My mission statement

The times we are working in now need a great deal of accelerated change and there must be no negotiating that down. So my mission statement for this part of my consultancy career is to be clear that there needs to be and will be a lot of change from the work that I do with individuals and organisations and if organisations don’t want that, then it is probably best to go somewhere else.

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MORI poll shows Labour lead on health policy

Filed Under (Coalition Government, Health Policy, Labour Party) by Paul on 28-06-2011

Yesterday I was hypothesising about how Number 10 would be thinking about the politics of the NHS in its overall political strategy for the next election. I suggested that given the failure of the last year it will now not be able to do as well in comparison with the Labour opposition on the issue of the NHS as it did at the last election. If it were wise it would try and discount the extent to which it could neutralise the NHS as an issue and get used to the fact that at the next election it would be 15 points behind the Labour Party in answer to the question, “Which Party has the best policy on the NHS?”.

Yesterday someone pointed out to me that a MORI poll last week gave the Labour Party a 16 point lead on that question.

This is not an example of my being prescient and knowing where public opinion lies ahead of the polls! I used the figure of 15% as an example of what, if I were the Government, I would see as a big and problematic figure. The fact that this is the lead at this moment in time would disappoint the Prime Minister – given the level of cuts that all other domestic public expenditure has taken in order to protect the NHS budget.

Helen Cleary, head of political research at MORI, commented on their web site,

“The Reuters/ Ipsos MORI Political Monitor out today shows that Labour has extended its lead over the Conservatives as having the best policies on healthcare. Labour has always led on this issue, and our latest data shows the largest Labour for almost ten years. However, it is nowhere near the dominance they held on the NHS throughout the 1990s and it has not translated into more people saying they will vote for the party, so far at least.

There are certainly concerns about the Coalition’s proposed reforms. Many people think that waiting times will increase over the next year, but our trend data shows that waiting times are rarely seen as getting better. A third thinks that standards of treatment will get worse, but half of the public thinks that they will not change (and two-thirds of us think that the NHS provides patients with the best possible treatment at present). Two in five people think that efficiency in the health service will get worse, but a significant minority – one in five – are optimistic about the Coalition’s plans to increase value for public money. And crucially, over half of the public think that the service provided by GPs – the key touch-point with the NHS for most people – will stay the same.”

These figures – underneath the headline figures – are very interesting. They show that whilst the political confusion about NHS policy of the last year has hurt the coalition, two thirds still think the NHS provides the public with the best possible treatment.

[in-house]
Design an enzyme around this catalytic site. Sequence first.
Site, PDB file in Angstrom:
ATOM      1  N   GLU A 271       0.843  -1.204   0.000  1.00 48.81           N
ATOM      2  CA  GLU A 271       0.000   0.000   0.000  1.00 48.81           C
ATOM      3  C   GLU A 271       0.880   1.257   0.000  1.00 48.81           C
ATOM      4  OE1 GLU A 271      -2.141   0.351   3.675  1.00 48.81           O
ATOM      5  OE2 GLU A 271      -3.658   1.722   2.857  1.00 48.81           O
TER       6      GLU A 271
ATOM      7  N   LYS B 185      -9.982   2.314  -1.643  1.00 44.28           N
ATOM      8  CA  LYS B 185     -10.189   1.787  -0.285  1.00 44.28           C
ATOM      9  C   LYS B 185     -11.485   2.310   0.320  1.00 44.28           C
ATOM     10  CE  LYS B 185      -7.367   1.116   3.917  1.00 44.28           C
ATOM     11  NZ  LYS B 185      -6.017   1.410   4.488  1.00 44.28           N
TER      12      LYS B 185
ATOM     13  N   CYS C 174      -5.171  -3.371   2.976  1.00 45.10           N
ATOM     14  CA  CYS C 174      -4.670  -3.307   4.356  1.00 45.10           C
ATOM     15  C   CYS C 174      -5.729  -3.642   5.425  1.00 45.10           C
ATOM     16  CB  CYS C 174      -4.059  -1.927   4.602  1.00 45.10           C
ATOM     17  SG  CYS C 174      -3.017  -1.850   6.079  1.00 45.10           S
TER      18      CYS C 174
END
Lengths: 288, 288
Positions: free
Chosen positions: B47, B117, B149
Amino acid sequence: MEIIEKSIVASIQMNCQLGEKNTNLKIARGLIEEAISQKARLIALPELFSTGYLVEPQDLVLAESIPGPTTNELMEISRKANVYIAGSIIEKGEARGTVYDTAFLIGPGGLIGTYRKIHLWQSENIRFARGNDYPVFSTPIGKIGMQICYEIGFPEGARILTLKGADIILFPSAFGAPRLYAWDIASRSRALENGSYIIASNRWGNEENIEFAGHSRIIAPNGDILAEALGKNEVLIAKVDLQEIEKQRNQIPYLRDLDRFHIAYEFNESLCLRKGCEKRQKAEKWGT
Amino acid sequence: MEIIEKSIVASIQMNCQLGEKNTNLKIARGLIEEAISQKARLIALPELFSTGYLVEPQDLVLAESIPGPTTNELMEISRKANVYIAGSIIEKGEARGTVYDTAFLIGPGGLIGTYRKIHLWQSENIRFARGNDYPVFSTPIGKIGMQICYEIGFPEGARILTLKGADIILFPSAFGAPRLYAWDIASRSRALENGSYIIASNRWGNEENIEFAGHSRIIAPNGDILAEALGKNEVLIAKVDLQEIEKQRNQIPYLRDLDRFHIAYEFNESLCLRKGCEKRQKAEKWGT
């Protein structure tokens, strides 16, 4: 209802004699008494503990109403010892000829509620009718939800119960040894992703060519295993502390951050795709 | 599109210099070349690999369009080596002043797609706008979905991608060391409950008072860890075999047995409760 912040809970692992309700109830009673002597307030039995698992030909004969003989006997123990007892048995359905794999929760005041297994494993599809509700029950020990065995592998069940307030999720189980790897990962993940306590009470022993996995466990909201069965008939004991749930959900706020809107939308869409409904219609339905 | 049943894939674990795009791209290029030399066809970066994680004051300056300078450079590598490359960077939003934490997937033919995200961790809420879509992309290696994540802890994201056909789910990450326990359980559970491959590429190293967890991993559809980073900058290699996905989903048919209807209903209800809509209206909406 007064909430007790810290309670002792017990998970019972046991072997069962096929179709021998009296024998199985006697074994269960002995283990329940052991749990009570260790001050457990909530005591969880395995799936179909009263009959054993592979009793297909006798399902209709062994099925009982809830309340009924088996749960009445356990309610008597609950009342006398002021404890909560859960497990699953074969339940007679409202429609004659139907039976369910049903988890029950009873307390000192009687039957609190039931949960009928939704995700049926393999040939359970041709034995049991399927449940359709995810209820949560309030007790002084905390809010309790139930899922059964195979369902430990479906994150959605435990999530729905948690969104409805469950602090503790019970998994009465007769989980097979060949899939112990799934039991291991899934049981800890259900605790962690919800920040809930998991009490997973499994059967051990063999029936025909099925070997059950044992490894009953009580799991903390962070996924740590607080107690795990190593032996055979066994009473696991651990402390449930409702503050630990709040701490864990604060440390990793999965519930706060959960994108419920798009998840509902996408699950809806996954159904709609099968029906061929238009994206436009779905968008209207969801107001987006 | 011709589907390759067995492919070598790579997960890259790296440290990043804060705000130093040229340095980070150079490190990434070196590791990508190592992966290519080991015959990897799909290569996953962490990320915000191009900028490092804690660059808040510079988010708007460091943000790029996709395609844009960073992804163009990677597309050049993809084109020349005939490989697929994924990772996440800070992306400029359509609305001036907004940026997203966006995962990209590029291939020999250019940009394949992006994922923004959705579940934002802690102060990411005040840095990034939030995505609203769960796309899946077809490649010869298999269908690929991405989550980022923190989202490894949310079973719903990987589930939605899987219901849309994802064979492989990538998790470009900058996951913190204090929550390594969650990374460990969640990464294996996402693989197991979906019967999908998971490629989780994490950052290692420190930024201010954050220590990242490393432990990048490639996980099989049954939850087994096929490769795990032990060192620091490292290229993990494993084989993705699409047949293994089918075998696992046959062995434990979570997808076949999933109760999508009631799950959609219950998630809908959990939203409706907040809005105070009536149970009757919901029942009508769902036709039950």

The fact that the public think the NHS is providing such good services is a really difficult result for the coalition.

If their policy is that the NHS needs reform then the public disagree with them. They are in the same position that they were in last year – with a public that does not see a problem – and which will therefore still be sceptical about whether any NHS reform programme is necessary.

If the policy of the government is that the NHS does not need reform, then the Coalition is at one with the majority of the public, but why then have such a large, reforming Health and Social Care Bill going through Parliament?

But all is not easy for the Labour Opposition either.

Their difficulty is that the question that the public are asked is “Who has the best policy for the NHS?” There is a strong reaction against the Government non policy and therefore the Labour Party does well. However, as MORI observe, this does not lead to more people saying they will vote Labour. So why is that?

It’s because whilst more of the electorate are negative about the Coalition policy mess on the NHS, they are not, in 2011, in a position to be positive about the Labour Party’s NHS policy – because there isn’t one.

4 years before an election, the Labour Opposition may not need one. But two years before an election they certainly will, and it will need to go beyond, “We will protect the NHS”.

They will need one to demonstrate how, in Government, they will tackle the imbalance between demand for health care and the resource provided for the NHS.

Their policy will need to answer the Times’ question of 10 days ago on what to do about surplus NHS hospital services.

They will need one to answer the question about how they will improve innovation and efficiency in the NHS.

At the moment the question of which political party has the best set of policies for the NHS is a bit artificial because neither the Coalition nor the Labour opposition has one.

This will change. .

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